Behind the Wheel
Once the Newman/Haas team was involved, Low had to find out if a 1,600-pound Indy car with a large IMAX camera mounted on the roll-bar could reach race speeds. This was a perilous proposition: Indy cars are delicately balanced machines worth close to half a million dollars, and their performance is altered even by the weight of a few extra litres of fuel. Could the car safely withstand the aerodynamic drag and extra burden of a camera and mount?
To develop the specialized mount for a real Indy car, the team turned to race engineering expert Alec Greaves. Working with camera specialist Bill Reeve, Greaves engineered a mounting system that allowed the camera to be mounted in a range of postitions on the car: on the nose cone, off the side pods, over the roll bar and directly under a specially modified rear wing. Combined with varied camera angles and lenses, the mounting system provided an infinite number of fixed position mounts on the car including the side-views that were ultimately to capture neck-to-neck duels with drivers Mark Blundell, Bryan Herta and Al Unser Jr.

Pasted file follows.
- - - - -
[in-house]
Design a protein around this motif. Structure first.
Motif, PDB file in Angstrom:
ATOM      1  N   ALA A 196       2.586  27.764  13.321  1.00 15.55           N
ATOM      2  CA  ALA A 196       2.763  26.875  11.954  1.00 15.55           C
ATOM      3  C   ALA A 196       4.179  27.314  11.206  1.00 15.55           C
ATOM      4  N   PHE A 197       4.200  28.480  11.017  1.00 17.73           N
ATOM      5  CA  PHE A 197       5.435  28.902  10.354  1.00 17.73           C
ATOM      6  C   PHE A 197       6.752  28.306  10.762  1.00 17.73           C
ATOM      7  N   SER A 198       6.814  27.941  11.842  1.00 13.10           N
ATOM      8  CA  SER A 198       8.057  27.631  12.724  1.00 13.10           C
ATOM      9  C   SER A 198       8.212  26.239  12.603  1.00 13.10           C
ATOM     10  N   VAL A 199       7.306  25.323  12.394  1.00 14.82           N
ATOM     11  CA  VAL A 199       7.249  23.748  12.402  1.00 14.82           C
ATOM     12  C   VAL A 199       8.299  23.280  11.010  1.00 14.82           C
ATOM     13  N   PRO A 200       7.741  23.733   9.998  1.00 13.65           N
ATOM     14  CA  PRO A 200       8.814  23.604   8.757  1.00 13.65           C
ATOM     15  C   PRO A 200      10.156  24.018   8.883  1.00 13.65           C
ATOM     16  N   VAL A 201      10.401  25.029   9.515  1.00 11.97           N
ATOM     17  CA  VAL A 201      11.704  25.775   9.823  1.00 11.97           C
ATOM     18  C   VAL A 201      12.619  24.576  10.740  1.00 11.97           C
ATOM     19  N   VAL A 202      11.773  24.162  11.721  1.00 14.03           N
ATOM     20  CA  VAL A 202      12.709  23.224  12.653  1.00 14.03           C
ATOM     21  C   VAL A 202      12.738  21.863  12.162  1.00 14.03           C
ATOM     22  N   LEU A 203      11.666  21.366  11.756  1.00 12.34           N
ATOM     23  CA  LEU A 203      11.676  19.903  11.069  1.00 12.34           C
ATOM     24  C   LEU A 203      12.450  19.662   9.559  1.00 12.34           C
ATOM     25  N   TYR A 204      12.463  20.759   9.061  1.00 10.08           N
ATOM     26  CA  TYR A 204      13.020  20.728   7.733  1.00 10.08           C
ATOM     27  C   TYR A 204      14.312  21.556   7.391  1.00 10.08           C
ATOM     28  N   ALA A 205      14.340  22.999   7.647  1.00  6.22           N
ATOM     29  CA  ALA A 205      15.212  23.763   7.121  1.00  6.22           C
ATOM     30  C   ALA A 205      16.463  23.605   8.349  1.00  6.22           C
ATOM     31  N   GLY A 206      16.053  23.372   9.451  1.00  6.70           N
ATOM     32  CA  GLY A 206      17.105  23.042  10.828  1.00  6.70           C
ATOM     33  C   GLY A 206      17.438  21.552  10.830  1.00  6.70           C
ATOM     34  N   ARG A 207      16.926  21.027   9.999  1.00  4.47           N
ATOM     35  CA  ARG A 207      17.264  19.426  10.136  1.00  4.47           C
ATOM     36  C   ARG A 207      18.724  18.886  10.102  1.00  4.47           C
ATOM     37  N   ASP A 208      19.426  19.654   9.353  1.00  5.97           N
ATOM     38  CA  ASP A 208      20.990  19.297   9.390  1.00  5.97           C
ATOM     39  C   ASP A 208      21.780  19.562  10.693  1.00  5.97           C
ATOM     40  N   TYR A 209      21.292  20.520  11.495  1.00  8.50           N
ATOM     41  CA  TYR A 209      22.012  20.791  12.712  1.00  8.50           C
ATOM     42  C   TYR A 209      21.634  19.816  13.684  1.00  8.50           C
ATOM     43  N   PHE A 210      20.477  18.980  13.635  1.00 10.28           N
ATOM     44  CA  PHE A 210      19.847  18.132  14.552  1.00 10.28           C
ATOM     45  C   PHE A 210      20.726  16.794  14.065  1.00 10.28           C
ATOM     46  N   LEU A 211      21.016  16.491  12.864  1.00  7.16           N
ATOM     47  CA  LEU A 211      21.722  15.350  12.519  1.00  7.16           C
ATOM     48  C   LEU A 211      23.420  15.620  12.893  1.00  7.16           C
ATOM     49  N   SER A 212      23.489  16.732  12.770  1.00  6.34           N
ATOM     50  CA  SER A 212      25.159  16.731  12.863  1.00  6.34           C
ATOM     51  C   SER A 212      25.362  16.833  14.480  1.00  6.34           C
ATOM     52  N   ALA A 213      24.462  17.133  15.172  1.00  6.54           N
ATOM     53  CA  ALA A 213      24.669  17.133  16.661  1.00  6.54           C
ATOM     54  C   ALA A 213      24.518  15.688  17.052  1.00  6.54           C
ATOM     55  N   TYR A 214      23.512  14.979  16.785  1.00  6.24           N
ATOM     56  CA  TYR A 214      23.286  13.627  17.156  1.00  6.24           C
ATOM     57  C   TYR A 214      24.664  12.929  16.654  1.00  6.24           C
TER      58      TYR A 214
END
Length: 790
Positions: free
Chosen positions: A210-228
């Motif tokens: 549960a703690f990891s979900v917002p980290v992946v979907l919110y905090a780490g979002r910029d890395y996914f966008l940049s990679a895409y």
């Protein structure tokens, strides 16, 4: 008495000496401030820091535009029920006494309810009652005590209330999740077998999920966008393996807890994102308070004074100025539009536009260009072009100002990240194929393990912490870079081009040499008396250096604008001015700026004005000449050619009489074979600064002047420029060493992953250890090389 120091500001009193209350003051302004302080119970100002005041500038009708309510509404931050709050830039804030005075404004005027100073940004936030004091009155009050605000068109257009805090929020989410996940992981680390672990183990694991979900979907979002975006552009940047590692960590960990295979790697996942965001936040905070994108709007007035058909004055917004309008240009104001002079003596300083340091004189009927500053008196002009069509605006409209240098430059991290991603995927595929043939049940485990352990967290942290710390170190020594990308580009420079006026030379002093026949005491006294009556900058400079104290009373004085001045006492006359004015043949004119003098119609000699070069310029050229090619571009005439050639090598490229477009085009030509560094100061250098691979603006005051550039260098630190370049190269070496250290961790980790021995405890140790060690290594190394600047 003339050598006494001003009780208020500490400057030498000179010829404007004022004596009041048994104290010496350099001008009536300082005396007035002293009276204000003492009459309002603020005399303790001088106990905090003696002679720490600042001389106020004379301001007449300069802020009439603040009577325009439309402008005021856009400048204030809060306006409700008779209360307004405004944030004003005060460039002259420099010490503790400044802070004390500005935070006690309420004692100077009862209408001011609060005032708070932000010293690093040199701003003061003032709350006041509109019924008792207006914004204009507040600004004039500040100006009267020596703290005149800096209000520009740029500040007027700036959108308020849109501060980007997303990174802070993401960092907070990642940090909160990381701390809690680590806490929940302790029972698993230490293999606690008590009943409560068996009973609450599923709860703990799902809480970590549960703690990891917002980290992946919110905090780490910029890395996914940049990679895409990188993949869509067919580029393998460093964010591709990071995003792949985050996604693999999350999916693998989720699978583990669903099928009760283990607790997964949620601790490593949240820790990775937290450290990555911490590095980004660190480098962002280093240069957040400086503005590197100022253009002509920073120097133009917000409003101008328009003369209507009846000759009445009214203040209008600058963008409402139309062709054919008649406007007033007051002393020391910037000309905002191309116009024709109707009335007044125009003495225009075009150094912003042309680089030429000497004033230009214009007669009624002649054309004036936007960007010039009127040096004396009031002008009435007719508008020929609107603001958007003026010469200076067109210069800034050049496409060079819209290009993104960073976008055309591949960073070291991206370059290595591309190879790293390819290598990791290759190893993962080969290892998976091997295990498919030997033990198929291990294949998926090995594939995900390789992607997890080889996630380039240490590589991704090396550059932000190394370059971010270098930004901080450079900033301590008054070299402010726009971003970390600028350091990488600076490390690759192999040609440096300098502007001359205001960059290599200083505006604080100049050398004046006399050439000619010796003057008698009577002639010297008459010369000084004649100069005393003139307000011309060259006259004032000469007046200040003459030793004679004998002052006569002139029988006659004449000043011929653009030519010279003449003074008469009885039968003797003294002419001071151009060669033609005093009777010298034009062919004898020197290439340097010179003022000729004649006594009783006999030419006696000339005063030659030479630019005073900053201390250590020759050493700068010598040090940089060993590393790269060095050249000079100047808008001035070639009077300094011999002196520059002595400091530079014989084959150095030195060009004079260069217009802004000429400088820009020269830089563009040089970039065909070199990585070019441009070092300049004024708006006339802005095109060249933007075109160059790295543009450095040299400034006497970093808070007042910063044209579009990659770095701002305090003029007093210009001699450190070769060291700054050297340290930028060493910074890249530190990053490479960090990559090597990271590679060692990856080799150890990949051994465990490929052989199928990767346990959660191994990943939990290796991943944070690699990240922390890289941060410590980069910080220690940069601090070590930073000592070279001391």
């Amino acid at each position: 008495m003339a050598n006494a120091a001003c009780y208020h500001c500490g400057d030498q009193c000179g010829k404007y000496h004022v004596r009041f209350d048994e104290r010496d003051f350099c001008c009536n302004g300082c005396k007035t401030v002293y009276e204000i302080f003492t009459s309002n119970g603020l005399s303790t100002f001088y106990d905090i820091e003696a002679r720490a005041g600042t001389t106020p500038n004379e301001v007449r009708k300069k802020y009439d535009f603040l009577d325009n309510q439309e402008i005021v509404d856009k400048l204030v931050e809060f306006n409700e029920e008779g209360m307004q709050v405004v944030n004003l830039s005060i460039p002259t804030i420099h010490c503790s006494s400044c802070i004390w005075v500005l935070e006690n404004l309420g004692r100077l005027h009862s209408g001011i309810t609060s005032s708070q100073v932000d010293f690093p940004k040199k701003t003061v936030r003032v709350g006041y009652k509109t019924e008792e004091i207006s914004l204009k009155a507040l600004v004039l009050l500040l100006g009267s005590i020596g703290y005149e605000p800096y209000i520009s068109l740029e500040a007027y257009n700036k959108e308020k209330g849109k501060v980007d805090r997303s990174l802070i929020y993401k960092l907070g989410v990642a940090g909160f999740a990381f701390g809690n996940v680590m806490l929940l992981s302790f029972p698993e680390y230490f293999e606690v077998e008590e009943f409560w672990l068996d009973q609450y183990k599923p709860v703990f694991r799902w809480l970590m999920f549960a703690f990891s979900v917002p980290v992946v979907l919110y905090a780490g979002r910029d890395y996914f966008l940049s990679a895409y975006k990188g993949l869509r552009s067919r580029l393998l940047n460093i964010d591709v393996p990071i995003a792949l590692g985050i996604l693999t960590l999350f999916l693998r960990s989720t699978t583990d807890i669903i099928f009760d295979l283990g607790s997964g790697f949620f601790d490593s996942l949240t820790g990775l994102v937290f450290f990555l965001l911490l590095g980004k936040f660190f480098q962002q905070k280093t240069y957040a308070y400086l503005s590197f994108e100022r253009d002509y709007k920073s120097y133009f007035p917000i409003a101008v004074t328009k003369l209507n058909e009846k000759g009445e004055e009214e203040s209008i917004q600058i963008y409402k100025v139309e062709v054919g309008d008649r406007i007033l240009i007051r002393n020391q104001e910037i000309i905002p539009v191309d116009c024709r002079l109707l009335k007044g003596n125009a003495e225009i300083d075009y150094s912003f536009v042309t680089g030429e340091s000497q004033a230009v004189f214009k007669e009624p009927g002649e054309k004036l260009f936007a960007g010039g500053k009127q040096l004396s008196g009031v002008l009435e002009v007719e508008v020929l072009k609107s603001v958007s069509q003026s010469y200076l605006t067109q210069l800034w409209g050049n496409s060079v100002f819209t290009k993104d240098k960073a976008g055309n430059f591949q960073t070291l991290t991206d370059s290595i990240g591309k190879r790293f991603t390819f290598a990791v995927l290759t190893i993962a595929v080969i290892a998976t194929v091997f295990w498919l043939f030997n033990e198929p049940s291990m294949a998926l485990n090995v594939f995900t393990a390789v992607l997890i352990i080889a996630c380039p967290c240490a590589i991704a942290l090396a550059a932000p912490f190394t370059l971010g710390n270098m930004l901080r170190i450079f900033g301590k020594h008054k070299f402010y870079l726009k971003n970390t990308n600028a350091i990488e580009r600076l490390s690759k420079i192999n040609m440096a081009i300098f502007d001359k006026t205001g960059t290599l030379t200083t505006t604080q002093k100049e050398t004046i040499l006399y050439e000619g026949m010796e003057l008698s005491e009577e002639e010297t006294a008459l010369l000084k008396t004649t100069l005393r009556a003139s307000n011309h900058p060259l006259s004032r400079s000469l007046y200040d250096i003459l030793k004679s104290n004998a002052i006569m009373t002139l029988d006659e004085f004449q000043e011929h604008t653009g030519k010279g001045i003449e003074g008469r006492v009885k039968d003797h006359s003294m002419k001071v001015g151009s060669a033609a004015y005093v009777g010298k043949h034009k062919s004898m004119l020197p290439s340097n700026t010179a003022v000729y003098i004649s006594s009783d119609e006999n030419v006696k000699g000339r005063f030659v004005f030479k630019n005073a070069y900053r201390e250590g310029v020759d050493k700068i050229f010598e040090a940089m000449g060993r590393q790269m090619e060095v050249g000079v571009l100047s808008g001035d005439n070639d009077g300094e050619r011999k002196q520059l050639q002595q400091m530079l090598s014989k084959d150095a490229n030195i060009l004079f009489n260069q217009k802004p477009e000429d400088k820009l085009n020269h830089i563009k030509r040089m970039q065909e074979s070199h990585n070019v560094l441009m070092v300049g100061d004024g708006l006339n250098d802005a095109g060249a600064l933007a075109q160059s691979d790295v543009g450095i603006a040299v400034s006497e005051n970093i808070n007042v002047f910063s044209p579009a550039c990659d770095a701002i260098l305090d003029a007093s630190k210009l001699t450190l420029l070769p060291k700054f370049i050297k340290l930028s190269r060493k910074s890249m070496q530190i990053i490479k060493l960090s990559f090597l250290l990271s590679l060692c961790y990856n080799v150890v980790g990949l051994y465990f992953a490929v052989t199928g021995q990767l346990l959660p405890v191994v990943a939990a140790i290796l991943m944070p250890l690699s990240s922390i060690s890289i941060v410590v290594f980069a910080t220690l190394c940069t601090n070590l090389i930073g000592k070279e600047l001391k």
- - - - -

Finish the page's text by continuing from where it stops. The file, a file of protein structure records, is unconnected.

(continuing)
The insurance companies, racing officials and other drivers were still nervous. This was where racing giant Mario Andretti came in. Originally, Low had thought he would do the filming using Michael Andretti between racing engagements. It soon became clear that the logistics of this were impossible. At the urging of Newman and Haas, Low and his team approached the elder Andretti about testing the car and camera. Andretti, recently retired but eager to get back behind the wheel of a race car, was intrigued by the project and agreed to meet Low.
Andretti was skeptical at first: “I looked at the car and thought – oh man, we’ll be lucky to average 150.” However, all doubts about the ability of a camera-equipped car to run at racing speeds disappeared when Andretti took the car to 210 miles per hour in his first practice session. But the initial tests failed anyway: as the car reached speeds upwards of 200 miles per hour high-frequency vibrations from its engine tore the camera’s electronics apart. The team persevered, and after engineering some additional dampening into the camera mounts, was finally able to resolve the problem. It was only when Low reviewed the first rushes and saw how amazing 200 miles per hour looked in IMAX® that he realized he could make the movie he had long dreamed of making.
Low found that Andretti was the perfect person to operate the camera. Andretti was able to switch the camera on and, in Low’s words, “go crazy for a lap or two or three.” Low came to respect Andretti’s instincts about what to film. His vast experience in auto racing and his thoughtful approach to the Super Speedway project enabled him to recognize a good opportunity when he saw it.
It Must Be Something Good